This study investigates the efficacy of dynamic image analysis (DIA) for determining particle size and shape distribution. The method employs a high-frame-rate camera to image individual particles of sand that have been transported and separated using a stream of pressurized air. DIA can generate both particle size and shape information and provides a quantitative statistical description of the grain size and shape distribution within the specimen. The feasibility, repeatability, and accuracy of DIA for routine analysis of particle size and shape distribution was investigated using 16 granular soils spanning a number of common sizes and shapes. Several particle shape descriptors were evaluated, including aspect ratio, convexity, and sphericity. The effect of a variety of test parameters including moisture content, sample weight, primary air pressure, and test duration were explored to determine the optimal specimen weight and equipment settings for DIA. Finally, the efficacy of DIA in resolving mixtures of fine and coarse sands was also explored. The method proved to be feasible, repeatable, and accurate for providing particle size distributions spanning four orders of magnitude, in terms of particle size. DIA offers a number of advantages; the method is quick, requires small specimen sizes, and provides quantitative information on approximately 3-4 % of the particles in the specimen.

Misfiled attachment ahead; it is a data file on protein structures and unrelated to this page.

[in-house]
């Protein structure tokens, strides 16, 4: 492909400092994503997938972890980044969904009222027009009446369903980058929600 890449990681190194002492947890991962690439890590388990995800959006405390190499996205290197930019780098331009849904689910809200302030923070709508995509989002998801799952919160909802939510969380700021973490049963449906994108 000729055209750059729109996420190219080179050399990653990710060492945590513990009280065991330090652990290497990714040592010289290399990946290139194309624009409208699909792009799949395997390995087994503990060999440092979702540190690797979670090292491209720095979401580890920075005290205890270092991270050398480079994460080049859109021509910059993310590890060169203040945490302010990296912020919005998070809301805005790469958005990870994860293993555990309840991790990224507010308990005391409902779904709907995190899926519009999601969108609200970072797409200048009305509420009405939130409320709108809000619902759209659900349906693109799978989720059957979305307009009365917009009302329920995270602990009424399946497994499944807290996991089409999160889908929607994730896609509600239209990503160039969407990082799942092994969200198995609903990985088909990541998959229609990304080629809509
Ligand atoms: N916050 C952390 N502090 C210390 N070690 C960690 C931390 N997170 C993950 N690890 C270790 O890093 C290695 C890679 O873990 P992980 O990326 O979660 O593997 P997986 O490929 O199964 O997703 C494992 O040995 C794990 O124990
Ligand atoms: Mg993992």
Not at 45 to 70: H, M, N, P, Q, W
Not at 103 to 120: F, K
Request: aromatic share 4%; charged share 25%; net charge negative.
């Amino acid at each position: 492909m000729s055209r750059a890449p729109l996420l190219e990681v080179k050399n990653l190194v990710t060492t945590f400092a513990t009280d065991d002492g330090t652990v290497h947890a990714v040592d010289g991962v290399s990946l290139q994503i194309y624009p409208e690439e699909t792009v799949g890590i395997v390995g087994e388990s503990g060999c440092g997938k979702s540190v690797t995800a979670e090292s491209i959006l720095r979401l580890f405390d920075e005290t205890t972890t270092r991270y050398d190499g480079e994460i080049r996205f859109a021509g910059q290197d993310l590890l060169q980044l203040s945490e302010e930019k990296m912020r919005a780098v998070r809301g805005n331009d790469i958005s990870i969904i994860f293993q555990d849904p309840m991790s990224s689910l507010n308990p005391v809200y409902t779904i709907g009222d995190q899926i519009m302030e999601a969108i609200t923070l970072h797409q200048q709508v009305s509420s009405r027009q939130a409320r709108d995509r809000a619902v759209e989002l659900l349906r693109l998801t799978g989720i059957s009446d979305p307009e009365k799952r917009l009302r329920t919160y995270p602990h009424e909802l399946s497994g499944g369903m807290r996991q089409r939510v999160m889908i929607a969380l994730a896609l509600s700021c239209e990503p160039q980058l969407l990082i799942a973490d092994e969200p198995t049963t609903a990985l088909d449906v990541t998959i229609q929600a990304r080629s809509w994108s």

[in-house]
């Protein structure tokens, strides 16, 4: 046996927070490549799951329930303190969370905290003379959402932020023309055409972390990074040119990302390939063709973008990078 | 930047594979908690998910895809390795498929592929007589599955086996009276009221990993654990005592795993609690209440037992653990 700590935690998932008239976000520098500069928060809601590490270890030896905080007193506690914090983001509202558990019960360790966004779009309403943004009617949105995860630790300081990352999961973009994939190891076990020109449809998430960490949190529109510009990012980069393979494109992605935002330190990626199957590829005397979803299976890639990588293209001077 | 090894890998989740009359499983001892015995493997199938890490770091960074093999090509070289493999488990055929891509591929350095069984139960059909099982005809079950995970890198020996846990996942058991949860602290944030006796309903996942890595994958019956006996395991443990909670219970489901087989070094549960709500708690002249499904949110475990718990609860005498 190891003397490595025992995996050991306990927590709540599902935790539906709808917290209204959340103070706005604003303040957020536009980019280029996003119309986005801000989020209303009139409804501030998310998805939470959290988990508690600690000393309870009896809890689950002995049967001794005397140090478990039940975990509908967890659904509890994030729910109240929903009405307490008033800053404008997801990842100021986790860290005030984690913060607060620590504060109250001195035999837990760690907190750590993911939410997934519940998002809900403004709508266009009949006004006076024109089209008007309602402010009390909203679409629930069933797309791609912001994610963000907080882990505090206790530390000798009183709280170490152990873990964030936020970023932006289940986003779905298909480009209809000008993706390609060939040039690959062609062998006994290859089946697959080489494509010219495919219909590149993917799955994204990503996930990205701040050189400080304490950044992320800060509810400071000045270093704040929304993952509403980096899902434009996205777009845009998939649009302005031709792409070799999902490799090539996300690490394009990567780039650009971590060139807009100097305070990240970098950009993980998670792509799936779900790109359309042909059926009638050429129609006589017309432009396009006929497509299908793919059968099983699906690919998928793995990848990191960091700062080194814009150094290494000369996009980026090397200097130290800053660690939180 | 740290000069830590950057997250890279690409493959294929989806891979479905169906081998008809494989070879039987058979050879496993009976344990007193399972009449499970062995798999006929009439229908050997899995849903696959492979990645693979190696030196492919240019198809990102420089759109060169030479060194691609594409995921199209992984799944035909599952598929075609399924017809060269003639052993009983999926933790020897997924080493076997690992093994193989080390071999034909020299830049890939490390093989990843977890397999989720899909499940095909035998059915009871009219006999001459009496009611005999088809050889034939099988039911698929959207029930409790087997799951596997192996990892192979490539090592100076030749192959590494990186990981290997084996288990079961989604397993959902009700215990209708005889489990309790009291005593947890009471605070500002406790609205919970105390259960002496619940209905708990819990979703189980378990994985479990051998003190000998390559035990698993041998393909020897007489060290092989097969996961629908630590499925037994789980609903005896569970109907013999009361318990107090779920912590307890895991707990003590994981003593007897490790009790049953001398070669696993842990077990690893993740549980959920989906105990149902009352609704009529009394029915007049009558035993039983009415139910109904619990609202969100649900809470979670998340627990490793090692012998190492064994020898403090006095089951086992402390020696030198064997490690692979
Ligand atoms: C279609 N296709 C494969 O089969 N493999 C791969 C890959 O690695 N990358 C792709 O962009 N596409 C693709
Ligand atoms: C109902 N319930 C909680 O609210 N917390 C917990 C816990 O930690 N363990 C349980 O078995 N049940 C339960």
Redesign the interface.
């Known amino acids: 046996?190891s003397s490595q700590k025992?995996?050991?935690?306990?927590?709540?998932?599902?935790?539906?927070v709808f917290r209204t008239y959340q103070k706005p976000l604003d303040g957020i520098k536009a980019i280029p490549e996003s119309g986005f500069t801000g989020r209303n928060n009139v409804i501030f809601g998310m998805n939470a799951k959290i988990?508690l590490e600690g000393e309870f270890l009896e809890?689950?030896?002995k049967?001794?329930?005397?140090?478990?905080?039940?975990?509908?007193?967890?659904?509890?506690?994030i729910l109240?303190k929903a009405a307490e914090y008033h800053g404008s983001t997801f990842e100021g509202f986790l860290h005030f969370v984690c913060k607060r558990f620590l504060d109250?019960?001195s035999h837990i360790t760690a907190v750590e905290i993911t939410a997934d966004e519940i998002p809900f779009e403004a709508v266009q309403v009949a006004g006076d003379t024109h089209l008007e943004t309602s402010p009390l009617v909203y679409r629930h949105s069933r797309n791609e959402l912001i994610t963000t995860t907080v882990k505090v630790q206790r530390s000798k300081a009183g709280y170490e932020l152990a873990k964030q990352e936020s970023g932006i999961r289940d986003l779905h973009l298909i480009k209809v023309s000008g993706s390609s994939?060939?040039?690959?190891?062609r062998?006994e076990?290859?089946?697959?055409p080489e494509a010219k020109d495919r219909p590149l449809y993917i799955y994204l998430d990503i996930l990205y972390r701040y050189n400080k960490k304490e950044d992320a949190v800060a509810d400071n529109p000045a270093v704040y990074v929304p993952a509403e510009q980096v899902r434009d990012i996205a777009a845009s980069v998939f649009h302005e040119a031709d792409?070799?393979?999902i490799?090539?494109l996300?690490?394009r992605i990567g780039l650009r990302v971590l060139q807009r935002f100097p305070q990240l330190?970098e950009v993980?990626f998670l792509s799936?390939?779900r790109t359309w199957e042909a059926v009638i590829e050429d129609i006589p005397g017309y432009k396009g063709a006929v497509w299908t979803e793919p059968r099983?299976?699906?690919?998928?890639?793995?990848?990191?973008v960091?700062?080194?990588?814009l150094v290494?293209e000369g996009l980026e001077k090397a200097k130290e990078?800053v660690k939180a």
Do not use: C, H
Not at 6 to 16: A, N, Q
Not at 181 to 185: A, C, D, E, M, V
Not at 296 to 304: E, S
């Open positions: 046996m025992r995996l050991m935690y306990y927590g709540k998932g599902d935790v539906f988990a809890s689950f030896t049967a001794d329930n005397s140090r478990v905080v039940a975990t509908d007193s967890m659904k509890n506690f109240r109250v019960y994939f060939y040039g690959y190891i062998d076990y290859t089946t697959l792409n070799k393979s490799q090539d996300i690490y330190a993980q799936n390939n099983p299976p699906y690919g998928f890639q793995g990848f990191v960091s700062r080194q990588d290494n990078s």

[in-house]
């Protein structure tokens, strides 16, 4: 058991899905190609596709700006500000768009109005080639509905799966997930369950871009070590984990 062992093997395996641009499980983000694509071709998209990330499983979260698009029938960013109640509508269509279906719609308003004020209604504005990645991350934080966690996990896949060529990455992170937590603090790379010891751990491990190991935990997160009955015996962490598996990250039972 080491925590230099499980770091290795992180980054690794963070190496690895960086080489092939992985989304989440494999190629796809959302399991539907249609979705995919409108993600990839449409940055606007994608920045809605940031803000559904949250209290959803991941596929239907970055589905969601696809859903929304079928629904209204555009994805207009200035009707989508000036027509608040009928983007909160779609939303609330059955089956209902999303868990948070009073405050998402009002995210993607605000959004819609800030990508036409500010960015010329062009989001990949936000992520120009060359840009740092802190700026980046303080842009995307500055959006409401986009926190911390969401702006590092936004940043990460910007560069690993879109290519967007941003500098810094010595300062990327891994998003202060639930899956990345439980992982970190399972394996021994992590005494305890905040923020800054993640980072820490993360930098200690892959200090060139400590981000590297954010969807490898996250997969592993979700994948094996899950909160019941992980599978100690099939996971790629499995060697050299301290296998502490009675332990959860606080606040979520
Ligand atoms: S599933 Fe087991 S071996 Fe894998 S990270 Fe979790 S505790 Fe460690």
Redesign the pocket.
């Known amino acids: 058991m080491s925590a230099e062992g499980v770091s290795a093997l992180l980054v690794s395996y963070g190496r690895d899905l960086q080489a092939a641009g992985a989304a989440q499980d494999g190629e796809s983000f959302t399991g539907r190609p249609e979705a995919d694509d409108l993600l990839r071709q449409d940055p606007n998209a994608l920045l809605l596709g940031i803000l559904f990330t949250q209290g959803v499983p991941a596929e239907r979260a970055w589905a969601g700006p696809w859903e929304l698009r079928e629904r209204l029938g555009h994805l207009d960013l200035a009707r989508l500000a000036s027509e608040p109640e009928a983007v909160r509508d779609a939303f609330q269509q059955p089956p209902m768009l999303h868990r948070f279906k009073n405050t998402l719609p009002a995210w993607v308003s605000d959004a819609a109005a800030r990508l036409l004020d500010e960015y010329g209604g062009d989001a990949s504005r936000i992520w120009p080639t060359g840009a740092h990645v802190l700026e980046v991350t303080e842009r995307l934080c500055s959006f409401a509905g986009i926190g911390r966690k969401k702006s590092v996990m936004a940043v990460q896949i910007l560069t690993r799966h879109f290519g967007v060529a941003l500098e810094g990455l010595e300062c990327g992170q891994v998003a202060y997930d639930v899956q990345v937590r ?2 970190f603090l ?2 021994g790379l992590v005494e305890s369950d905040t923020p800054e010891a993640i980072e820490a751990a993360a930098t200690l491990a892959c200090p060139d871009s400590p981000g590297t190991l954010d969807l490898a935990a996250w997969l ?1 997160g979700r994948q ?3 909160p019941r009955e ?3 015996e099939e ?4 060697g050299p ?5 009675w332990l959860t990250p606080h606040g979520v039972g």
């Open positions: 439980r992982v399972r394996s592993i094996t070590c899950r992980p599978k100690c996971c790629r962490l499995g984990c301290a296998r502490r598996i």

- Equivalent projected area of a circle
- Feret diameter
- Gap graded
- Number distribution
- Volume distribution
ASJC Scopus subject areas
- Geotechnical Engineering and Engineering Geology